Rhode Island lease agreements are contracts that set the terms of a tenancy. The agreements are in writing, signed by both the landlord and the tenant, and will contain essential terms like rent and the party responsible for particular utilities. Lease agreements can be valuable tools to help landlords and tenants avoid disputes by providing common ground for understanding their obligations under the lease.
- Rhode Island Lease Agreements: By Type (6)
- Landlord-Tenant Laws
- Handbooks and Guides
- Commercial Lease Agreement
- Month-to-Month Lease Agreement
- Rent-to-Own Lease Agreement
- Roommate Lease Agreement
- Standard Lease Agreement
- Sublease Agreement
Code Violations – Before signing a lease agreement, a landlord must disclose to the tenant any outstanding code violations associated with the property. (§ 34-18-22.1)
Landlord/Manager Disclosure – Landlords must disclose the names and contact information for both the property manager and the person authorized to receive notices and complaints on the landlord’s behalf. (§ 34-18-20)
Lead-Based Paint Disclosure – For leases of properties with dwelling units built before 1978, federal law requires that landlords provide information to tenants about the dangers of lead-based paints.
Landlords cannot require a security deposit greater than one month’s rent. (§ 34-18-19)
Following the termination of a tenancy, landlords must return a tenant’s security deposit within twenty (20) days. Landlords may retain all or a portion of the deposit only in order to pay for owed rent, reasonable cleaning expenses, unpaid trash disposal fees, and the cost of fixing damages to the property, other than those caused by normal wear and tear.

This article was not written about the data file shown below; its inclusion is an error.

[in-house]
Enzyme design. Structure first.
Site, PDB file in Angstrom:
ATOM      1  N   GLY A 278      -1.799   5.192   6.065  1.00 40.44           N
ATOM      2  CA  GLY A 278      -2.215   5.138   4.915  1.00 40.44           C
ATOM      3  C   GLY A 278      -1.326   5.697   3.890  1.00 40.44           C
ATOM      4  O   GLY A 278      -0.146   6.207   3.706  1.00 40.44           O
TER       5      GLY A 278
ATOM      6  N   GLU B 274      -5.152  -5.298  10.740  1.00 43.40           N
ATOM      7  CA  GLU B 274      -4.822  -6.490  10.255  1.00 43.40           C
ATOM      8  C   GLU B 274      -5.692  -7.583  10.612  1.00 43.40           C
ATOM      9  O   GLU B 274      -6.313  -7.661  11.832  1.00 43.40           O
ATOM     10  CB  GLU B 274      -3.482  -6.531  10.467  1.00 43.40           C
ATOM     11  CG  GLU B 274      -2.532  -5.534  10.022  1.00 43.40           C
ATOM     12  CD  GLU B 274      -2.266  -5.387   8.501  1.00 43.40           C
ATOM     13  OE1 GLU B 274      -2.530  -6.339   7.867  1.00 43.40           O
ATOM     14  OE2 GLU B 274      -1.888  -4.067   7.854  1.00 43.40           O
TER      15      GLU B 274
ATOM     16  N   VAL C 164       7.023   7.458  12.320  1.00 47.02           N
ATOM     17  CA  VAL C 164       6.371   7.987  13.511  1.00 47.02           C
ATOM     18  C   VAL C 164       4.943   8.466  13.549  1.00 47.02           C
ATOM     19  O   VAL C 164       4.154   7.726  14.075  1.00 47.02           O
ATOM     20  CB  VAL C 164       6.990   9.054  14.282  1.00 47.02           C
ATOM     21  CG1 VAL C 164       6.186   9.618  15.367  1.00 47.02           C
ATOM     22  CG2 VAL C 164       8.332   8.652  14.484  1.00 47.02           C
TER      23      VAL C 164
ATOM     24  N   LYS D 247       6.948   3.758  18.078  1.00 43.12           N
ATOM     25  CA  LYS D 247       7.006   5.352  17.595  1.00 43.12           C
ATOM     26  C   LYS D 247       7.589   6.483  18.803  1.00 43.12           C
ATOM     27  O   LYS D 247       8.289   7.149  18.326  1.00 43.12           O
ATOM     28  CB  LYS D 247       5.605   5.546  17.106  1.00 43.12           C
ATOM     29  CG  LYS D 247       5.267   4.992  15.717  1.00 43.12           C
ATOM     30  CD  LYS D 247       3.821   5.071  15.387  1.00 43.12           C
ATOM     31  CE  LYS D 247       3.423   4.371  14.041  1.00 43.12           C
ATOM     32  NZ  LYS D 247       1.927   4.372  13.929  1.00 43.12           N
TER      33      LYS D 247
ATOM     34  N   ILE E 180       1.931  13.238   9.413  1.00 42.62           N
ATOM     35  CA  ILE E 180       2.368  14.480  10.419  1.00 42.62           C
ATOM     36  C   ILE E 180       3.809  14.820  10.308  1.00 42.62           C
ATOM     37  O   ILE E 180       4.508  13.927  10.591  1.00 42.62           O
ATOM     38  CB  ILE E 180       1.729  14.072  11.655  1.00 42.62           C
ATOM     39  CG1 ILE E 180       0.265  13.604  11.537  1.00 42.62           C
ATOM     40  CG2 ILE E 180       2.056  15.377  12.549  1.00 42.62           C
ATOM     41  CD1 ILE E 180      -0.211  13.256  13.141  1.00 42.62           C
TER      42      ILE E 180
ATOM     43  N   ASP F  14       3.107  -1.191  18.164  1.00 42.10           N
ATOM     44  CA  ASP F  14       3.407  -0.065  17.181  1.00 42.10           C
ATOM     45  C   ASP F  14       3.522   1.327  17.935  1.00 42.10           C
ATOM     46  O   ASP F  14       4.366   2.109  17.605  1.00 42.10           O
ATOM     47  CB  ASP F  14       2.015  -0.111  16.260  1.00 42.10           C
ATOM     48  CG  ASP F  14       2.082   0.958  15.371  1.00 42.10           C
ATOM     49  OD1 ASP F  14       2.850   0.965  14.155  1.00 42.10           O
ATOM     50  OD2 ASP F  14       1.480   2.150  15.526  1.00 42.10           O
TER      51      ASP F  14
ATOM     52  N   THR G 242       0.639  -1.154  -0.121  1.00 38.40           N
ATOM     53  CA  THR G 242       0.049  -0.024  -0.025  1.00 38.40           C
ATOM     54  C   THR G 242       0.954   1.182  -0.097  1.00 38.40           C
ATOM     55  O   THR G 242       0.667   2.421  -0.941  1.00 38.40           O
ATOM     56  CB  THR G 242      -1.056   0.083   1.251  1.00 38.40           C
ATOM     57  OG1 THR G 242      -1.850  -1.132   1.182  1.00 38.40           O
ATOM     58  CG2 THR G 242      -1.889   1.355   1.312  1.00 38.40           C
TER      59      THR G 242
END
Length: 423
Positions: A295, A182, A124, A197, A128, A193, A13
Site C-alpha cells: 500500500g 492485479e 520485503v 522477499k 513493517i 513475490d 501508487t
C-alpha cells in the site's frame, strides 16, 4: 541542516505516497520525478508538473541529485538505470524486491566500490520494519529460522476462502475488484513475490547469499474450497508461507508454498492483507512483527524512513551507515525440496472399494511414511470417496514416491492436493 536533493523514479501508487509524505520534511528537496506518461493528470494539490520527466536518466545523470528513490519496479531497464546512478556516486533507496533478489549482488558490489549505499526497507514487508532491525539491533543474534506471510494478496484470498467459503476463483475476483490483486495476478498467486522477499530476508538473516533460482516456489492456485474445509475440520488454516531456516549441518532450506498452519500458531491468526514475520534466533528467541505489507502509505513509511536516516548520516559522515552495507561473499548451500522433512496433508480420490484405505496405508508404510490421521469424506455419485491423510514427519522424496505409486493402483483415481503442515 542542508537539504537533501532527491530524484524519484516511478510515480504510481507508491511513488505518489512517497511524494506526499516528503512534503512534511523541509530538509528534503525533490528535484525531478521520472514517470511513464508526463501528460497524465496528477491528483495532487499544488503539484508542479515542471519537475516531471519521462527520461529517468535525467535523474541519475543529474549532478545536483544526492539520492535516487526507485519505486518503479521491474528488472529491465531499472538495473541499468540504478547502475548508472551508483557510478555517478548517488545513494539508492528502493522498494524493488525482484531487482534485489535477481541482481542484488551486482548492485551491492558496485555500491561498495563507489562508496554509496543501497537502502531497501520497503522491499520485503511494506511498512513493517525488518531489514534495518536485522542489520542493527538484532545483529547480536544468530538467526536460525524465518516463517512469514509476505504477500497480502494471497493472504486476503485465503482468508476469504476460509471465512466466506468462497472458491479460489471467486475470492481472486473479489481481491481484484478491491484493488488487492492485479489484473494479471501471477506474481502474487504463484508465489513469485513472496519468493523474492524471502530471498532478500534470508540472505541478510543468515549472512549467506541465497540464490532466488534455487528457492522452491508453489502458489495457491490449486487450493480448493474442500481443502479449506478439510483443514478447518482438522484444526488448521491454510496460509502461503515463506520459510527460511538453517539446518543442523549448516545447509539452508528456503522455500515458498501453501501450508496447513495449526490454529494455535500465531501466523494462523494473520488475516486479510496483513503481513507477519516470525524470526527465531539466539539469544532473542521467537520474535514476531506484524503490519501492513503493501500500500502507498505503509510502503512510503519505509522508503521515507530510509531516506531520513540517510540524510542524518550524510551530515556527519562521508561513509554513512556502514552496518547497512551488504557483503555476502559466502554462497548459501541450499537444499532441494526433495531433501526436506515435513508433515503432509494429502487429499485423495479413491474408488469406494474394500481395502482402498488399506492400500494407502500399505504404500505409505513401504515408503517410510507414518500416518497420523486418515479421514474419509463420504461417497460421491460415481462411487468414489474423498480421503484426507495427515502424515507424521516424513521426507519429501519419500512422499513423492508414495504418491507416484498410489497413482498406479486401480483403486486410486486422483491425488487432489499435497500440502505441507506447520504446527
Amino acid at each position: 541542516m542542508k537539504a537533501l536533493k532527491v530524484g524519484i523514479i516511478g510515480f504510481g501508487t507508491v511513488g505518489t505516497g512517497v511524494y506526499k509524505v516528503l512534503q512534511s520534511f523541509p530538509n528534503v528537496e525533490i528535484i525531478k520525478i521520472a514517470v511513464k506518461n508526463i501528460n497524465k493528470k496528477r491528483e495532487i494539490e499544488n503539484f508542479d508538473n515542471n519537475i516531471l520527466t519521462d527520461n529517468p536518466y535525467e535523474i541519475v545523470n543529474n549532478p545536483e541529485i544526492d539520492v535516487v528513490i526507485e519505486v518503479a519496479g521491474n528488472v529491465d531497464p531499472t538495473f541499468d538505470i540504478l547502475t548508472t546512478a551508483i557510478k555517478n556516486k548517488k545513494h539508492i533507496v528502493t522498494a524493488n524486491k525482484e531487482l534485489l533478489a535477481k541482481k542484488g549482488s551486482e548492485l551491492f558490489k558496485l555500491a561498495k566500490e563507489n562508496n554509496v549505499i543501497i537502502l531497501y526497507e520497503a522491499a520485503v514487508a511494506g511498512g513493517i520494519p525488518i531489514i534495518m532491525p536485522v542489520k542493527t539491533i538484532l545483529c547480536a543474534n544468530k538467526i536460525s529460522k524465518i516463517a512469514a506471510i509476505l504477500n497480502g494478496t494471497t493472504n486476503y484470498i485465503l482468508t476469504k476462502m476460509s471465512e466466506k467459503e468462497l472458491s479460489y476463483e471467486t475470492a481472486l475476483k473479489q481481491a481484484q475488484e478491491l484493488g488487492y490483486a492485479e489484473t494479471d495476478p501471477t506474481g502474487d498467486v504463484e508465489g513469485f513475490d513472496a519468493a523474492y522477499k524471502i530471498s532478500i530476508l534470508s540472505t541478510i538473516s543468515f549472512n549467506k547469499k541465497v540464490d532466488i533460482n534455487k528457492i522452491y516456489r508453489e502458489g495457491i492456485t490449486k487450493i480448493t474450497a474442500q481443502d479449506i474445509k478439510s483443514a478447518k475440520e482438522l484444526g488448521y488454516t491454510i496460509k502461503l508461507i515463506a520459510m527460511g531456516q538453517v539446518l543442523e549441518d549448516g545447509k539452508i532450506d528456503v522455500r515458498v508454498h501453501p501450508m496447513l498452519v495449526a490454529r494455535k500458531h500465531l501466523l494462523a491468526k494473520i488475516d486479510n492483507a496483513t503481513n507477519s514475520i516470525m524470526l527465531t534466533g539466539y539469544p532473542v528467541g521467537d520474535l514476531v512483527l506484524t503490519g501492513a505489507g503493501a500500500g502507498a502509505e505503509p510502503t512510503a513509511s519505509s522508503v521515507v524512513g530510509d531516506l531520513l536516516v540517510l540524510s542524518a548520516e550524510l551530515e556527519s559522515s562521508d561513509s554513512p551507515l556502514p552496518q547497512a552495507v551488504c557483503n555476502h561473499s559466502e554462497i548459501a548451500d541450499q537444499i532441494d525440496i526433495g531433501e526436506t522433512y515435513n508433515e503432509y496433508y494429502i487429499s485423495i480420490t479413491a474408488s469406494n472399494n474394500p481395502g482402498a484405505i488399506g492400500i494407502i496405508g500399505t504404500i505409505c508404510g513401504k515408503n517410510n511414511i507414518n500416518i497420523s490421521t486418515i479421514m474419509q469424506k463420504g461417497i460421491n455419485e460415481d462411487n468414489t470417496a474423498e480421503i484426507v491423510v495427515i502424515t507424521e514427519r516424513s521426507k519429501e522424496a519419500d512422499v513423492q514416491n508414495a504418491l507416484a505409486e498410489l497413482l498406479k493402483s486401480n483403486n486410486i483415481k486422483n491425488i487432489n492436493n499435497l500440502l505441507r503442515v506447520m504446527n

If the landlord chooses to retain any of the security deposit, the landlord must provide a written explanation of any deductions along with the return of the remaining funds. (§ 34-18-19)
Rent is due on the date named in the lease agreement. There is no statutory requirement of a grace period.
5-Day Notice to Pay or Quit – If rent is not paid in full by the 15th day after the date in the lease agreement, then the landlord may deliver this notice to the tenant, stating that, if the owed rent is not paid in full within five (5) days of the date the notice is provided, then the landlord may terminate the tenancy. (§ 34-18-35).
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Landlords in Rhode Island are permitted to charge late fees; the law is silent on how much. In order to ensure that the late fee is enforceable, the fee should be reasonable and clearly stated in the lease agreement.
Rhode Island law does not specify what fees may be imposed on tenants who offer bounced rent checks. As with late rent fees, best practice is to identify the fee in the lease agreement and for the fee to be reasonable, such as the amount the landlord’s bank charges the landlord in return for offering a check with insufficient funds.
If the property is left behind after the end of a lease agreement The Rhode Island Office of Housing and Community Development recommends putting them in storage for a reasonable amount of time and to make them available to the tenant without restrictions.
The landlord should also make a good faith effort to contact the tenant to alert him or her to the personal property left behind. If personal property is left behind following a court-ordered proceeding, such as an eviction, law enforcement will remove the property and put it in storage, but tenants will be required to pay storage costs before getting the property back.